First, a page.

Don't become another grain bin entrapment statistic. As late winter turns to early spring, farmers are busy marketing and hauling grain. Landon Grothe, a paramedic and firefighter with the Norfolk Fire Division, told a group of farmers at the Northeast Nebraska Farm and Equipment Show recently that bigger grain bins and faster grain handling systems on modern farms make entering a grain bin more dangerous than ever.
With volatile grain prices, grain is being stored more often and for longer periods, in hopes of capturing top dollar, Grothe said. If grain condition deteriorates and there are problems with wet, crusted or moldy grain, it can be a recipe for disaster, especially for farmers who are working alone.
Entrapment often happens when a worker enters a bin while grain is being unloaded, Grothe said. Sometimes, workers enter a bin to push crusted or moldy corn into the unloading auger, but huge chunks of grain can break away under these conditions and consume a worker or fall on them.
In 2010 alone, there were 52 deaths nationwide due to grain entrapment that resulted in 25 deaths, said Grothe. "And you don't hear about the close calls," he said.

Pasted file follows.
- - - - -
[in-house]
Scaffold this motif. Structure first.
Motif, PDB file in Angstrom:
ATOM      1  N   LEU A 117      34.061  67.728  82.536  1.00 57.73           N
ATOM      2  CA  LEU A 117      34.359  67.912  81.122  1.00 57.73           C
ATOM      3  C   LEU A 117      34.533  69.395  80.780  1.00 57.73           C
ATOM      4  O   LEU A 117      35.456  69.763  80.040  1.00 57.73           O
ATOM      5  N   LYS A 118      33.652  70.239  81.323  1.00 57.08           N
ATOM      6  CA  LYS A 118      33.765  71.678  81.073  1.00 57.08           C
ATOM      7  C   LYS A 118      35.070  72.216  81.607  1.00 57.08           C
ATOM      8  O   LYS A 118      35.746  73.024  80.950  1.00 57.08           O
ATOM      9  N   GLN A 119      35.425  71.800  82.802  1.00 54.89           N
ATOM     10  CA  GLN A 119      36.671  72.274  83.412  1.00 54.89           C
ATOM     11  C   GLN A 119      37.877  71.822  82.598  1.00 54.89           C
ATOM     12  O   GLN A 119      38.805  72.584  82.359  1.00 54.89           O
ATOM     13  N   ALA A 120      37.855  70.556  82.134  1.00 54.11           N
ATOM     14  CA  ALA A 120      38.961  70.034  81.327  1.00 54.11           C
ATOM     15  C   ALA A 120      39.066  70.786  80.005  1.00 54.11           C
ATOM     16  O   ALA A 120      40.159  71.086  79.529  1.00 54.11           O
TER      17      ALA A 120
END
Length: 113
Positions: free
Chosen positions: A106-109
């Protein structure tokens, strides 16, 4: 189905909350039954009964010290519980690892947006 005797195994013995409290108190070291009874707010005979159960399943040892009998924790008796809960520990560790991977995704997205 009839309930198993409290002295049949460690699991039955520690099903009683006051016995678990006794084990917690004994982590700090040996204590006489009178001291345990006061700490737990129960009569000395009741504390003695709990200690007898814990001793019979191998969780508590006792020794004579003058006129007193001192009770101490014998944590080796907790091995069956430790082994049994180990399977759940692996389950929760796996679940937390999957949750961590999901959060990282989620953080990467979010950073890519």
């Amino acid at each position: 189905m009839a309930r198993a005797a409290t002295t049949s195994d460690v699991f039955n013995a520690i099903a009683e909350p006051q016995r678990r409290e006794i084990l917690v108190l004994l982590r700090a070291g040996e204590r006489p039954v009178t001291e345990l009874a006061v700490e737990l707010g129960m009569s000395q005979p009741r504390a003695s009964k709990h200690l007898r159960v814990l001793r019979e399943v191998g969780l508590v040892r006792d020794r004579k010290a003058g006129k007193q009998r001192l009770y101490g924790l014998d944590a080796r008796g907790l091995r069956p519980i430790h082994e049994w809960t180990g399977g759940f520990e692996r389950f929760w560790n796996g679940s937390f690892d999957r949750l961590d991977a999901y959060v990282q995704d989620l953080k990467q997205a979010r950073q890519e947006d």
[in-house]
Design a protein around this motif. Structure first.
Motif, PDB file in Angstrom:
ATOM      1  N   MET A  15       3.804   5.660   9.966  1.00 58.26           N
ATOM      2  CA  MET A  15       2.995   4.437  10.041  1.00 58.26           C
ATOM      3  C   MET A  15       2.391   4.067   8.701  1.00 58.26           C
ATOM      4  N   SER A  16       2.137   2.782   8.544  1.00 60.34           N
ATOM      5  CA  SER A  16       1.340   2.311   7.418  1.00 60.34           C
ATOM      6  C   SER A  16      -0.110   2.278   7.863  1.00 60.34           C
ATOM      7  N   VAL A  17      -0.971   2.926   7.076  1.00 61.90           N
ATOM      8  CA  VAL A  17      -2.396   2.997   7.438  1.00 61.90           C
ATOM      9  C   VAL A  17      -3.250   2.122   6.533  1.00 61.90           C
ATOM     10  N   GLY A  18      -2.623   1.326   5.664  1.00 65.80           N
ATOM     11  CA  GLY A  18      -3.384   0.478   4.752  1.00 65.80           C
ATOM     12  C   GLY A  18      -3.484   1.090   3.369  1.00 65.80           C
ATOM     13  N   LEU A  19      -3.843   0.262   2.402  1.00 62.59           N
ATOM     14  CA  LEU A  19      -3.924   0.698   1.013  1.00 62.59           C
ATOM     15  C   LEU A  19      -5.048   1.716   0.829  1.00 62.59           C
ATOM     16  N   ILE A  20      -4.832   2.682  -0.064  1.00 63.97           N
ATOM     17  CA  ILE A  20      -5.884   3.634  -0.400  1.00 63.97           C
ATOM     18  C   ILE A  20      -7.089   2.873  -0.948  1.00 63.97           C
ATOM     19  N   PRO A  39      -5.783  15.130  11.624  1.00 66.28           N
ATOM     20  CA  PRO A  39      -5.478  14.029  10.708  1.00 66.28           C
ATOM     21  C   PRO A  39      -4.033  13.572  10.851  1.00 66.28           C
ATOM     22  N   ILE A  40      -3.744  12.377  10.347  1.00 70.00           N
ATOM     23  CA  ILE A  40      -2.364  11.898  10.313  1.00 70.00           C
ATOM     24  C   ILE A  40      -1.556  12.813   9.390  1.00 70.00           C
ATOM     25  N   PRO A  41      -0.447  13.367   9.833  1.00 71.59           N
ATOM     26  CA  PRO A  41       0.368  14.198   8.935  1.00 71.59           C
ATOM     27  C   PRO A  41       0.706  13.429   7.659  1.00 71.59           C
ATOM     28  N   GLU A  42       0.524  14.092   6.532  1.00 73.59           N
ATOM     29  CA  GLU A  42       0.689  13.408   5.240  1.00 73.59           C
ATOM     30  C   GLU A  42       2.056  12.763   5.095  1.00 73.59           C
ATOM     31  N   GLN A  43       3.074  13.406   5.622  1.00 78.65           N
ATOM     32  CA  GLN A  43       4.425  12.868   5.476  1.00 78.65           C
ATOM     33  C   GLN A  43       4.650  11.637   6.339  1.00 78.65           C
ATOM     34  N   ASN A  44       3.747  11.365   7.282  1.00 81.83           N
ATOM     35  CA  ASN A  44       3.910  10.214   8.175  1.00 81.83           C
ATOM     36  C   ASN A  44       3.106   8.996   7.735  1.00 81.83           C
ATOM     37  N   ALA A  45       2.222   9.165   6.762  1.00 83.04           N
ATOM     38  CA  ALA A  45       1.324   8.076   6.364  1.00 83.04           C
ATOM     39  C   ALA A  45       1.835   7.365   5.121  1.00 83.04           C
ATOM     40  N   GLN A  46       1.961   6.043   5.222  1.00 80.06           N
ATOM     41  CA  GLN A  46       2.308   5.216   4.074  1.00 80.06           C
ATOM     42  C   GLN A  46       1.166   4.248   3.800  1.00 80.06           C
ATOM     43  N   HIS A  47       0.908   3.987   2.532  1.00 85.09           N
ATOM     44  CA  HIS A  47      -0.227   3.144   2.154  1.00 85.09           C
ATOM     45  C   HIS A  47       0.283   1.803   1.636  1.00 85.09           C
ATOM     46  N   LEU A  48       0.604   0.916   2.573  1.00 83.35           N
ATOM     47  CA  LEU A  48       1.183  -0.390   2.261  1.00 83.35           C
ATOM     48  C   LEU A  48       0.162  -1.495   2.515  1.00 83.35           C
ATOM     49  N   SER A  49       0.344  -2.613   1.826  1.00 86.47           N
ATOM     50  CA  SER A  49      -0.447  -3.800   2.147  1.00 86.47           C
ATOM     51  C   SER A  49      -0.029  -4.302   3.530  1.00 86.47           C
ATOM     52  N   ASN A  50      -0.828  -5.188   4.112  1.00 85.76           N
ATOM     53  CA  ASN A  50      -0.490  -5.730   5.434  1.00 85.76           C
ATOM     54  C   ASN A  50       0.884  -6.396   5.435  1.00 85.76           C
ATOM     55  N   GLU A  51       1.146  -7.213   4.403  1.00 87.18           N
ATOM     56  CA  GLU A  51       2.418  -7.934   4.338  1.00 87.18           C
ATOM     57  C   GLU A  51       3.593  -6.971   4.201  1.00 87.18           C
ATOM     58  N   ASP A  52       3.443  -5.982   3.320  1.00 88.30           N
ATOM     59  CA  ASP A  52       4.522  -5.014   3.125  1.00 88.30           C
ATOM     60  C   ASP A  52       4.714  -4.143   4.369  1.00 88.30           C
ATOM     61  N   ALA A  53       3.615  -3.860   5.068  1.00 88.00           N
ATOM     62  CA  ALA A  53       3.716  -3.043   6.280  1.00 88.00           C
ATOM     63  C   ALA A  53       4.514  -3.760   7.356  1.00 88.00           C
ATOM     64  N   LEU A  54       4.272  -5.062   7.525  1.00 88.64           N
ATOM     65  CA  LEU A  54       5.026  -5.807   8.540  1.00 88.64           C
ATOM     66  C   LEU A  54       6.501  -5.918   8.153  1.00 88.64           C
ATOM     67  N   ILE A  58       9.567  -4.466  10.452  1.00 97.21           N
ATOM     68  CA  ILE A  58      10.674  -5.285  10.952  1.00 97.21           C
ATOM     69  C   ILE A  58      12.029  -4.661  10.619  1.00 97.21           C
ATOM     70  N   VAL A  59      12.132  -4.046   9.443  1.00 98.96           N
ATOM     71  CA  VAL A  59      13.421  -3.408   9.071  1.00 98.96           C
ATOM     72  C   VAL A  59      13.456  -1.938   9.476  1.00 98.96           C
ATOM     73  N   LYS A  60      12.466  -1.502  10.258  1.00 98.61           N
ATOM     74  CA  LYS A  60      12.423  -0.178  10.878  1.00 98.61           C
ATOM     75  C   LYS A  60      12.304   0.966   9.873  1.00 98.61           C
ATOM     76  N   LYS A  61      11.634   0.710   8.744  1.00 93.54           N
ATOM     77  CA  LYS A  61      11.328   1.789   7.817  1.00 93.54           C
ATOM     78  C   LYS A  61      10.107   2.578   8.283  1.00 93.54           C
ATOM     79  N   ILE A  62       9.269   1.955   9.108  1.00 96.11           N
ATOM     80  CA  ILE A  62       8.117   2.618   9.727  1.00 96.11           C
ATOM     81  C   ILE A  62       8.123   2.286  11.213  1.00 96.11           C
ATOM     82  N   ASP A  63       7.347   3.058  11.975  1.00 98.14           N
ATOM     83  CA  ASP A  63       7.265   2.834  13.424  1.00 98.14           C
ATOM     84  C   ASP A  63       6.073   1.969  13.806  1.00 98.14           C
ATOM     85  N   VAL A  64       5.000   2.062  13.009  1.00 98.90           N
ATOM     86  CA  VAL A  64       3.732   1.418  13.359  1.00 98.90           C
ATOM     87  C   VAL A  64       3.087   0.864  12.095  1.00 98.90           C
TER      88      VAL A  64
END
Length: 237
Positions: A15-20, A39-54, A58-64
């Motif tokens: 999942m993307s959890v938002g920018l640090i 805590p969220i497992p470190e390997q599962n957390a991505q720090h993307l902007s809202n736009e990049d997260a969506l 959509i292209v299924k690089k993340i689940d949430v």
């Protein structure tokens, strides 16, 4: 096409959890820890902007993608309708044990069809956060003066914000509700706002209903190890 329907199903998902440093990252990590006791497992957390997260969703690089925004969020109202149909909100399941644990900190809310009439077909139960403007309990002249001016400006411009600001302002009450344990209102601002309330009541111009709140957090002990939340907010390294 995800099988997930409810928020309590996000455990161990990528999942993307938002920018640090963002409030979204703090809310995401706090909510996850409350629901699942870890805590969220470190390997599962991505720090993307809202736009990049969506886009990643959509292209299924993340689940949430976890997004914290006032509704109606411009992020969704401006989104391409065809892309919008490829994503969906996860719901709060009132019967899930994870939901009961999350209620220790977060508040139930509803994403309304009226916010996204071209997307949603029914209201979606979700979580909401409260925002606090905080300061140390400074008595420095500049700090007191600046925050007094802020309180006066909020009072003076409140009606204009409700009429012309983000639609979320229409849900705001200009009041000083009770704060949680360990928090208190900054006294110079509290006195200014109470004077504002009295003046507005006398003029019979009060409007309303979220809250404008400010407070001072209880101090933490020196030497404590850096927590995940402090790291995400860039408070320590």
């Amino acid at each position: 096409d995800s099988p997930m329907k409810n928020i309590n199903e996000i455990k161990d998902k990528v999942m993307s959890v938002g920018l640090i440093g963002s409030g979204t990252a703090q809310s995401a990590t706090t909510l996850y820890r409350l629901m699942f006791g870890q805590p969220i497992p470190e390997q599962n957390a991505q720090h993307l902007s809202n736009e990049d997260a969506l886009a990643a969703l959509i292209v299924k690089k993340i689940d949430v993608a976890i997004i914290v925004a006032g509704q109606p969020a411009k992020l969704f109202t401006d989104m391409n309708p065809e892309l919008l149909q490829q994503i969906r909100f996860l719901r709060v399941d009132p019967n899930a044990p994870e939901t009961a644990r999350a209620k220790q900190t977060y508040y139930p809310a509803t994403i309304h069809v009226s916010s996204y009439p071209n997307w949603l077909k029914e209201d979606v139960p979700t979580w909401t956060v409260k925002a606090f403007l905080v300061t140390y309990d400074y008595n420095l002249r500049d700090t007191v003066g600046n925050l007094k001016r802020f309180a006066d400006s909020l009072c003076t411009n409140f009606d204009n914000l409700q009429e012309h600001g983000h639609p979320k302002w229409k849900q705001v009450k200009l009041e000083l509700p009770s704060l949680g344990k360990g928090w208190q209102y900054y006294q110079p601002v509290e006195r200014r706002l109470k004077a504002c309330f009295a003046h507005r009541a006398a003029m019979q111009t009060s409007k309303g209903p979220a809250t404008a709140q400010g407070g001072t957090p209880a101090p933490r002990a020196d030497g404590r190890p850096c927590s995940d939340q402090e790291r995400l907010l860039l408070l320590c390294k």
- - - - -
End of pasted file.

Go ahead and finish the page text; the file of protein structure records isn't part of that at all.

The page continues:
Flowing grain is the most common cause of entrapment, he said. A worker who becomes engulfed can suffocate in a matter of minutes under the grain, or grain will compress against their chest, not allowing them to breathe properly.
He said farmers should never allow children around bins when they are moving grain. Grothe also advised never to enter a bin when a person is alone or when grain is being unloaded. He said the "buddy system" with one person inside and another outside of the bin monitoring the situation is always best. Be sure to shut off all power to the bin, so there is no chance of grain handling equipment being engaged while a person is inside. Farmers should take their cell phones with them inside a bin. "Cell phones have saved lives," Grothe said.
Workers should also use a harness and rope suspended from the center of the bin when entering, so they have a way out. "You don't need an expensive harness," he said. "But you do need a good piece of rope."
Taking simple, common sense precautions and being careful around grain handling systems and grain bins saves lives on the farm, said Grothe.
If you'd like more information on grain bin safety, contact the Norfolk Fire Division at 402-844-2050.